In Lausanne, the aspirant pianist Jeanne Pollet has lunch with her mother Louise Pollet, her boyfriend Axel and his mother. Lenna leans that when she was born, a nurse had mistakenly told ... See full summary »
The pediatrician Alexandre Beck misses his beloved wife Margot Beck, who was brutally murdered eight years ago when he was the prime suspect. When two bodies are found near where the corpse... See full summary »
Antoine and Helene drive to South France to return their kids from a holiday camp. The traffic is dense and the atmosphere growingly tense; he is an alcoholic and becomes increasingly drunk... See full summary »
In Lausanne, the aspirant pianist Jeanne Pollet has lunch with her mother Louise Pollet, her boyfriend Axel and his mother. Lenna leans that when she was born, a nurse had mistakenly told to the prominent pianist André Polonski that she would be his daughter. André has just remarried his first wife, the heiress of a Swiss chocolate factory Marie-Claire "Mika" Muller and they live in Lausanne with André's son Guillaume Polonski. Out of the blue, Jeanne visits André and he offers to give piano classes to help her in her examination. Jeanne becomes closer to André and sooner she discovers that Mika might be drugging her stepson with Rohypnol. Further, she might have killed his second wife Lisbeth. Written by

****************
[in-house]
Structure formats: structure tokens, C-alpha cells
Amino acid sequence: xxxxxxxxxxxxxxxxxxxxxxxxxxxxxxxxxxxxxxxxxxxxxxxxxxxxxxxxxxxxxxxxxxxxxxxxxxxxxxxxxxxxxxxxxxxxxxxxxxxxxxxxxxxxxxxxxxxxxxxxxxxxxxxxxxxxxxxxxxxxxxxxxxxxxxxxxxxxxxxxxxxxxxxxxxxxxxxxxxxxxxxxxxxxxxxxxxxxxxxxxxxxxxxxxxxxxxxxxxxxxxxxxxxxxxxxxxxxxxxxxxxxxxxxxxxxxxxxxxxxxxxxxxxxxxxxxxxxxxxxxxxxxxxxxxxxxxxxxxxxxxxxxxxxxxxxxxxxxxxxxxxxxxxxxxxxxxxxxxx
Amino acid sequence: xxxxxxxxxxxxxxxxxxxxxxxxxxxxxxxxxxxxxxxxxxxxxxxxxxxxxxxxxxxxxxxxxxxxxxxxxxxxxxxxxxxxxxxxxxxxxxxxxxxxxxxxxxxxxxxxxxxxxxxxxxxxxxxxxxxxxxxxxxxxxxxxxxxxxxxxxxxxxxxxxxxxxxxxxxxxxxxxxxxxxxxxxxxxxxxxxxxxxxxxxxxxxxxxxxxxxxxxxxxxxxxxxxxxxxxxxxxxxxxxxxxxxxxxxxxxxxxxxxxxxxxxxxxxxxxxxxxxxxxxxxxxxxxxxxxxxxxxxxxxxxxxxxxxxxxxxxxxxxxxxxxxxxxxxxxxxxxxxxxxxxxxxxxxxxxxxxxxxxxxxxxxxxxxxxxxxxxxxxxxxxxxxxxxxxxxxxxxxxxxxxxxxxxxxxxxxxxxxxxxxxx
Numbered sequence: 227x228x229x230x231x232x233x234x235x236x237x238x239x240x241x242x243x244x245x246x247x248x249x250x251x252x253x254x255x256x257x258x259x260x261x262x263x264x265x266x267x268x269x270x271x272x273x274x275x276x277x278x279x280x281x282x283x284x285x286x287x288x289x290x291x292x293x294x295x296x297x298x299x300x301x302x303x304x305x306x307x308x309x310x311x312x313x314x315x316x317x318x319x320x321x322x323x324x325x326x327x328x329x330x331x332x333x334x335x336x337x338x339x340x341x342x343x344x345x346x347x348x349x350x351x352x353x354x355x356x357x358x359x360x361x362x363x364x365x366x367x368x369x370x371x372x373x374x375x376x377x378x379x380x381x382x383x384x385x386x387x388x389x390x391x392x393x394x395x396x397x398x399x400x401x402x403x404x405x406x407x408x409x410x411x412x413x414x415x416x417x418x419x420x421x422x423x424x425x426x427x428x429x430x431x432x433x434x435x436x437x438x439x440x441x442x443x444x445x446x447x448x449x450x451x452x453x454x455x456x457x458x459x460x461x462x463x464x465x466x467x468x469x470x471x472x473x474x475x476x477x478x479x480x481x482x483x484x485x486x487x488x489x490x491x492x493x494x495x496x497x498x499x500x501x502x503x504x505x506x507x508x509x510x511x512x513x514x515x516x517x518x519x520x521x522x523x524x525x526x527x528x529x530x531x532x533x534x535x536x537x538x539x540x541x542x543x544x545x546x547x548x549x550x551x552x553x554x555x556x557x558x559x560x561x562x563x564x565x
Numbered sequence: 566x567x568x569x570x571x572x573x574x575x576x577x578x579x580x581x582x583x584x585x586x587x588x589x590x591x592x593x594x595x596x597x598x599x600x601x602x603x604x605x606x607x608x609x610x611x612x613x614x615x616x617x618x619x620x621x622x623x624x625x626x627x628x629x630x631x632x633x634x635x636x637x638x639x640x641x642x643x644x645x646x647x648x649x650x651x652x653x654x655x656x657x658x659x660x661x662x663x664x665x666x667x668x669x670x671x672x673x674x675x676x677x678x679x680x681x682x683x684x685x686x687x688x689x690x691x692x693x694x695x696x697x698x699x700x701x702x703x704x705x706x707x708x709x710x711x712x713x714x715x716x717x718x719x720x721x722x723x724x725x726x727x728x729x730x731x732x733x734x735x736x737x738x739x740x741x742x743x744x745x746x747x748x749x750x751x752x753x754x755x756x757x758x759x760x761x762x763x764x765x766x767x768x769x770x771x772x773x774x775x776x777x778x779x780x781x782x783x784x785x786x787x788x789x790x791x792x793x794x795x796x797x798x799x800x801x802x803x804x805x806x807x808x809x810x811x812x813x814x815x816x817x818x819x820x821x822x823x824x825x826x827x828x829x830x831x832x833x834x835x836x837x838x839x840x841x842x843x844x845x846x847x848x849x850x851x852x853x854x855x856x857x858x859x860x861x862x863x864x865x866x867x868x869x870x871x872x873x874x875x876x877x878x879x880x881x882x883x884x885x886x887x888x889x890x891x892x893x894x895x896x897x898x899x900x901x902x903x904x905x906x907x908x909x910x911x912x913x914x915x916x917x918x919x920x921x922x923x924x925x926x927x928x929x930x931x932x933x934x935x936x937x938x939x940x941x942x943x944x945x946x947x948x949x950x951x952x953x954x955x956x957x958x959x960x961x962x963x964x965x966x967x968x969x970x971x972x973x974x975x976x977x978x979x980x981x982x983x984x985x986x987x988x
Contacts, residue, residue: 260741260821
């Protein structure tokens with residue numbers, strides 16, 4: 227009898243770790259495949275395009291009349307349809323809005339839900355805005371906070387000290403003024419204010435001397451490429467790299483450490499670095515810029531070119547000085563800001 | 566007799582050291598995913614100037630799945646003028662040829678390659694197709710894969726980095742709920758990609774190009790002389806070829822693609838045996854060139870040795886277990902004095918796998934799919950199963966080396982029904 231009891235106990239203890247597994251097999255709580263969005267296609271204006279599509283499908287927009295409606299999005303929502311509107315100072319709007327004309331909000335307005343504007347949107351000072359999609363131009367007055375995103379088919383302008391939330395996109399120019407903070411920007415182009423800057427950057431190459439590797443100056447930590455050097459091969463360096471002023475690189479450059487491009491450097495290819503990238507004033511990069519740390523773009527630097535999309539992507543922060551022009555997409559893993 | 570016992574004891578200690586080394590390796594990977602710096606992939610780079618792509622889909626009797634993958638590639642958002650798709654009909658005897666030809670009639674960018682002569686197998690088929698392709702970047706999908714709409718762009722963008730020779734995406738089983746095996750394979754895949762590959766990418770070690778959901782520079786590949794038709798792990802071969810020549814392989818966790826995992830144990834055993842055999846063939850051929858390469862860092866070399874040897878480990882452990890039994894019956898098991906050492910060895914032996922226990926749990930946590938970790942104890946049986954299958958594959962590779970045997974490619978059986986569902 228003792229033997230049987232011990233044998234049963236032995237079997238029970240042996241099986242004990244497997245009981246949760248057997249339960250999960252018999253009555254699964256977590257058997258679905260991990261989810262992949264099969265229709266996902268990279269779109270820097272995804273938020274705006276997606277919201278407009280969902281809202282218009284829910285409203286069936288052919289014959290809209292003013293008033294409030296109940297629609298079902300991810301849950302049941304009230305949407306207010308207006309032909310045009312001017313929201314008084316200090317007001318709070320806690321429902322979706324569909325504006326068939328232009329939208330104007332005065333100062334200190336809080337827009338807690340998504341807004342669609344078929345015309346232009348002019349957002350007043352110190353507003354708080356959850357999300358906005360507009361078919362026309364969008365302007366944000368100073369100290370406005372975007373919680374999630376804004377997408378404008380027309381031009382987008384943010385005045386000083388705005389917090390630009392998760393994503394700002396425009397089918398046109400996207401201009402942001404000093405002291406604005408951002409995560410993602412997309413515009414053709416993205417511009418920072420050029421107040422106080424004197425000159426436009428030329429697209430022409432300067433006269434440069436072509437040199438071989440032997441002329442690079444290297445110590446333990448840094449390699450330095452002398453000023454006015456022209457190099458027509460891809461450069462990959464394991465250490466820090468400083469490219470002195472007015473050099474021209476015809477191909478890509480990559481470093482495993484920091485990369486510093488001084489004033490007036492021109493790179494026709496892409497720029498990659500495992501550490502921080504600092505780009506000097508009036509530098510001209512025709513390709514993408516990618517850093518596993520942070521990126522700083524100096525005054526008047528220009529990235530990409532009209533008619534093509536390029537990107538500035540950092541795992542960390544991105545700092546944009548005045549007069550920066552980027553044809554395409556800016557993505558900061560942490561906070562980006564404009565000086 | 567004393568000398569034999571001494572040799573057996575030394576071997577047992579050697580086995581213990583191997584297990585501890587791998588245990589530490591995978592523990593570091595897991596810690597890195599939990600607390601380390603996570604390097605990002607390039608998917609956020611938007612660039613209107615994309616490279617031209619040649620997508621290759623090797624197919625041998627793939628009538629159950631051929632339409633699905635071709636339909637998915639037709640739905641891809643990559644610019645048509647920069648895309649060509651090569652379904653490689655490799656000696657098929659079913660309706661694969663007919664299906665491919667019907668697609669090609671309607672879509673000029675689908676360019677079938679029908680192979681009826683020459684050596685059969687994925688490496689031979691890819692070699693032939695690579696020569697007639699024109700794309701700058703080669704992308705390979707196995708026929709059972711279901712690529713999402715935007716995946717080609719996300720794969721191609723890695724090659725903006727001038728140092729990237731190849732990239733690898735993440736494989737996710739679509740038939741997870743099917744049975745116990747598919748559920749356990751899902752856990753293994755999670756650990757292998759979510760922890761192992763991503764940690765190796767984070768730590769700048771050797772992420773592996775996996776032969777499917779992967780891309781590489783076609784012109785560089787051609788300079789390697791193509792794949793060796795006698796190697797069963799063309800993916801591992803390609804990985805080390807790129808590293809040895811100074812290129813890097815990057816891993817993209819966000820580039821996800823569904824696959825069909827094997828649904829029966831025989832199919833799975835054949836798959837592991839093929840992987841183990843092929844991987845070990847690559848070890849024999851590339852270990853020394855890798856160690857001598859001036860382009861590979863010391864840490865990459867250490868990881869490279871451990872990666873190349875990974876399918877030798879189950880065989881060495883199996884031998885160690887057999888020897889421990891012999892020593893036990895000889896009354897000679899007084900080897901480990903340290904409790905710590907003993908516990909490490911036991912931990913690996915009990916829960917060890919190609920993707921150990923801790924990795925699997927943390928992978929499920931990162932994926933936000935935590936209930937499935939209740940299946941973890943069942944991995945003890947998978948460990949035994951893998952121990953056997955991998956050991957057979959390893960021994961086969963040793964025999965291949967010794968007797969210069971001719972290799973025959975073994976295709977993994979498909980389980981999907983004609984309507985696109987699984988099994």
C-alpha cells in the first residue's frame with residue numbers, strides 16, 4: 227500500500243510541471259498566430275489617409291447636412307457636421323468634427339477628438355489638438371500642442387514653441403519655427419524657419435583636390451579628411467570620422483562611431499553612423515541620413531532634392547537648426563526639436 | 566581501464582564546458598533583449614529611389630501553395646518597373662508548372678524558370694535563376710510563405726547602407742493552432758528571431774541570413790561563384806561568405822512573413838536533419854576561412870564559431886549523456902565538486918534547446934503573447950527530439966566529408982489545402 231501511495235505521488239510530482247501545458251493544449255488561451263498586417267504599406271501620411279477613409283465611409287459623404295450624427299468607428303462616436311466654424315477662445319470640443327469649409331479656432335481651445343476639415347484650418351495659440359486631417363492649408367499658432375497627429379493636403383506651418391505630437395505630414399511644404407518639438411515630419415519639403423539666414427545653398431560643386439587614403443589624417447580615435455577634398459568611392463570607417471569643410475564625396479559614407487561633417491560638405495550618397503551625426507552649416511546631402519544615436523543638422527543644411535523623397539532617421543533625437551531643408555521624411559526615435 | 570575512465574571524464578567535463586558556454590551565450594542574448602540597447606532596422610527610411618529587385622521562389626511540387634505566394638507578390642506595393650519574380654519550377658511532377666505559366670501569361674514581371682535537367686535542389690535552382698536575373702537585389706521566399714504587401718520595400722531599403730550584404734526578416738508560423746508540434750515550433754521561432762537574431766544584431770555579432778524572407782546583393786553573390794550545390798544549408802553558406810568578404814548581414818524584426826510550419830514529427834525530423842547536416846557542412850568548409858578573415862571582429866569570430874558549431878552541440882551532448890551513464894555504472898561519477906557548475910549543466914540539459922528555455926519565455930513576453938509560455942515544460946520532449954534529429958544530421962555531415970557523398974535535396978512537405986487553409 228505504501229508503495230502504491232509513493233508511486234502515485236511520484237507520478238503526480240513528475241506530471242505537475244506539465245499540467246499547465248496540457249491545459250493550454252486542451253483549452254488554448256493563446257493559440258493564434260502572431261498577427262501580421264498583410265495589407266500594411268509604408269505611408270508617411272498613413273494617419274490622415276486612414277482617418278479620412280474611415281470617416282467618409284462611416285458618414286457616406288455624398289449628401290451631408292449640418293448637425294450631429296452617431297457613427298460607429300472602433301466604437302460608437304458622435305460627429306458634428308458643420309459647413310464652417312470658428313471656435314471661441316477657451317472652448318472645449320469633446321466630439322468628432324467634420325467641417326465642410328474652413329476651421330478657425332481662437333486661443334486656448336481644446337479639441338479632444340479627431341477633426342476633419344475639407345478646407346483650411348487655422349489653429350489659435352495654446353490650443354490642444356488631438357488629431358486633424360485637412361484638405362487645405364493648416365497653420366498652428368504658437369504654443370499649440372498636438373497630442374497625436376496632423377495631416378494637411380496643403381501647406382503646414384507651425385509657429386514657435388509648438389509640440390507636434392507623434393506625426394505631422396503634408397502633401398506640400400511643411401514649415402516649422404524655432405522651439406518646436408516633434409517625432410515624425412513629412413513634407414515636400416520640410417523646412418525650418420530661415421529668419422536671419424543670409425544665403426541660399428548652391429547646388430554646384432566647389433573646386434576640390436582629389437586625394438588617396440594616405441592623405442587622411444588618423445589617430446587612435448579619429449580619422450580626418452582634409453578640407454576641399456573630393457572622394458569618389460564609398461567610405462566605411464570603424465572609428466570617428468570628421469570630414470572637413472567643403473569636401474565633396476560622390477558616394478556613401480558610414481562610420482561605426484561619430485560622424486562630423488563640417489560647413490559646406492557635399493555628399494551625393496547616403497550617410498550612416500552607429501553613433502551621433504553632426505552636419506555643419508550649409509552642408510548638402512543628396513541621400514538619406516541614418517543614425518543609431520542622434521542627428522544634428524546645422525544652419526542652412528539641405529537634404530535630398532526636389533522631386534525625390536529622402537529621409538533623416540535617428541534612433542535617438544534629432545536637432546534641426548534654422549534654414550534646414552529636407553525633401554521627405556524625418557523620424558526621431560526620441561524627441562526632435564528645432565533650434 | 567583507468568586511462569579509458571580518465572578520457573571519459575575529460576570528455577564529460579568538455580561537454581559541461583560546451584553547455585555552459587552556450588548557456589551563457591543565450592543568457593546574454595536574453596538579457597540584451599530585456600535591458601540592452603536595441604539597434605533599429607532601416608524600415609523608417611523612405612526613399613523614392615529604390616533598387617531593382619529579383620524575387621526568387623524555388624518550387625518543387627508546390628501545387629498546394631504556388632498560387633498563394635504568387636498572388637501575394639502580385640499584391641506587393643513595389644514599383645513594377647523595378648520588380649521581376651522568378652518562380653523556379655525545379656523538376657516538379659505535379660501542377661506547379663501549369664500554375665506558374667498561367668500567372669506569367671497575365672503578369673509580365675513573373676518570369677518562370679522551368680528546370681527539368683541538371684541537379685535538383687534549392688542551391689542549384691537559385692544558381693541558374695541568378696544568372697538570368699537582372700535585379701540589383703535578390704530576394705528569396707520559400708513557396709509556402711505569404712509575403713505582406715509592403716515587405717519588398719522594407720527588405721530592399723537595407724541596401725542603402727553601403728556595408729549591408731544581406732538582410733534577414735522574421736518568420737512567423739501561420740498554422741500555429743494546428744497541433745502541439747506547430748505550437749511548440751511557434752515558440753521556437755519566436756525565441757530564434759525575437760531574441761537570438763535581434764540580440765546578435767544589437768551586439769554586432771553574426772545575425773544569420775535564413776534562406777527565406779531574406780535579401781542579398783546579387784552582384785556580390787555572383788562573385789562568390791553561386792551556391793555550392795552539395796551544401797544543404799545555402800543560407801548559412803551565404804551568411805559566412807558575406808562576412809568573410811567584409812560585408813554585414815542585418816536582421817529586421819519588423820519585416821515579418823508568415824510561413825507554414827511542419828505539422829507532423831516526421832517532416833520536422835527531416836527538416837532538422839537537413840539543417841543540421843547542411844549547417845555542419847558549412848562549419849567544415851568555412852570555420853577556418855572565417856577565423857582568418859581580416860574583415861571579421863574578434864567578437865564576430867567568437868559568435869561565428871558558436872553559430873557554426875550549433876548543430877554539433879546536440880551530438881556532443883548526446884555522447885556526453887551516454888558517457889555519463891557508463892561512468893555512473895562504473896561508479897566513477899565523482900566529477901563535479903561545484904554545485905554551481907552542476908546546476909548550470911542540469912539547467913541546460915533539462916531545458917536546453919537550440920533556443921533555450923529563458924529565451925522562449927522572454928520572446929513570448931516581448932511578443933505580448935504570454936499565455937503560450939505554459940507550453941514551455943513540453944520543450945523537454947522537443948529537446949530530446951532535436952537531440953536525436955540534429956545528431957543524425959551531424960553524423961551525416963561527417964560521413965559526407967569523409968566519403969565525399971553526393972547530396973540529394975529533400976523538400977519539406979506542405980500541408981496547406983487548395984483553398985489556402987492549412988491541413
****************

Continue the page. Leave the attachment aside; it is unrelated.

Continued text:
Claudio Carvalho, Rio de Janeiro, Brazil
Although the English translation of the title is 'Thanks for the chocolate,' the movie was shown on Australian television in 2003, under the name 'Nightcap.' See more »
(at around 40 mins) When Mika is talking to Dr. Pollet in the hospital, two crew members feet and a cable (possibly the boom mic's cable) are visible moving - reflected on the side of table. This shot lasts for approx 50 seconds like this. See more »
Huppert may be a bit difficult to swallow here, as difficult as her chocolate. One marvels that she expects others to love and trust her, and that most do. Such marvelous manners! Is that all it takes? But the film turns on her carefully mannered performance and Chabrol's ever present laughter at it. He places sane, emotionally healthy family against its opposite. Phantom daughter Jeanne's home seems all window, always sunlit, while Mika's (Huppert) is a labyrinth, windows downplayed. People make little journeys to a bedroom, to a music room. How on earth does Jeanne come so early to the conclusion she does about Mica's chocolate? The answer is simply that she comes from the sane side of the dichotomy, yet concluding what she does, right or not no matter, is un-sane. Barging in, as she does, in the first place is less than sane. Yet she's a perfect foil for Huppert.
The piano lessons are wonderful, almost reason alone for seeing the film. If you sit through the closing credits, you'll get to see what Huppert's been knitting.
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